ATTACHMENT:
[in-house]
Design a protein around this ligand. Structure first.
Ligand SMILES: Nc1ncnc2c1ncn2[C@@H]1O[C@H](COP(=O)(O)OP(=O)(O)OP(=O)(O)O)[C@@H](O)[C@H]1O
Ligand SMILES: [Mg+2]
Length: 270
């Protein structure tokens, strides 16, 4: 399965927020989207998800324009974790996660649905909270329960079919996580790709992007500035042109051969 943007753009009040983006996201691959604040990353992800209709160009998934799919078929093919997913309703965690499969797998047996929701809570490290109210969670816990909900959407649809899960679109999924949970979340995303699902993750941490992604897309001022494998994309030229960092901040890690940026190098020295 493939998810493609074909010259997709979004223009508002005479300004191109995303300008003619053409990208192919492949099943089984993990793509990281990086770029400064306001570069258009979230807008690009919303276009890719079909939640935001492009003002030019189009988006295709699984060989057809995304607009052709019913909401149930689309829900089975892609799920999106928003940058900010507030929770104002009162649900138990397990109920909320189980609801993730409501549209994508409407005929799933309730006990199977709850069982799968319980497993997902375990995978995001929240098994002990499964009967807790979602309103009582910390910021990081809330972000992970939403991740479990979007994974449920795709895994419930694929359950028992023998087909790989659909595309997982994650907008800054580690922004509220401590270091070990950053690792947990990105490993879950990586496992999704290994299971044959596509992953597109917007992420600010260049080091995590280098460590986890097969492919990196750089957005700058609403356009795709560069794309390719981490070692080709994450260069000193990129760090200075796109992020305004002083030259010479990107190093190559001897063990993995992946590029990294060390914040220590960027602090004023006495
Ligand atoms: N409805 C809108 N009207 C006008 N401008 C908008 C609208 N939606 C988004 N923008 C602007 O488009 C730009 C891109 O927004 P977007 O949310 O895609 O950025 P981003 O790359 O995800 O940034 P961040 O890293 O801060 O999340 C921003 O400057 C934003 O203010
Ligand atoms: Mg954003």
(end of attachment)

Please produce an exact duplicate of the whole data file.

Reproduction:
[in-house]
Design a protein around this ligand. Structure first.
Ligand SMILES: Nc1ncnc2c1ncn2[C@@H]1O[C@H](COP(=O)(O)OP(=O)(O)OP(=O)(O)O)[C@@H](O)[C@H]1O
Ligand SMILES: [Mg+2]
Length: 270
């Protein structure tokens, strides 16, 4: 399965927020989207998800324009974790996660649905909270329960079919996580790709992007500035042109051969 943007753009009040983006996201691959604040990353992800209709160009998934799919078929093919997913309703965690499969797998047996929701809570490290109210969670816990909900959407649809899960679109999924949970979340995303699902993750941490992604897309001022494998994309030229960092901040890690940026190098020295 493939998810493609074909010259997709979004223009508002005479300004191109995303300008003619053409990208192919492949099943089984993990793509990281990086770029400064306001570069258009979230807008690009919303276009890719079909939640935001492009003002030019189009988006295709699984060989057809995304607009052709019913909401149930689309829900089975892609799920999106928003940058900010507030929770104002009162649900138990397990109920909320189980609801993730409501549209994508409407005929799933309730006990199977709850069982799968319980497993997902375990995978995001929240098994002990499964009967807790979602309103009582910390910021990081809330972000992970939403991740479990979007994974449920795709895994419930694929359950028992023998087909790989659909595309997982994650907008800054580690922004509220401590270091070990950053690792947990990105490993879950990586496992999704290994299971044959596509992953597109917007992420600010260049080091995590280098460590986890097969492919990196750089957005700058609403356009795709560069794309390719981490070692080709994450260069000193990129760090200075796109992020305004002083030259010479990107190093190559001897063990993995992946590029990294060390914040220590960027602090004023006495
Ligand atoms: N409805 C809108 N009207 C006008 N401008 C908008 C609208 N939606 C988004 N923008 C602007 O488009 C730009 C891109 O927004 P977007 O949310 O895609 O950025 P981003 O790359 O995800 O940034 P961040 O890293 O801060 O999340 C921003 O400057 C934003 O203010
Ligand atoms: Mg954003």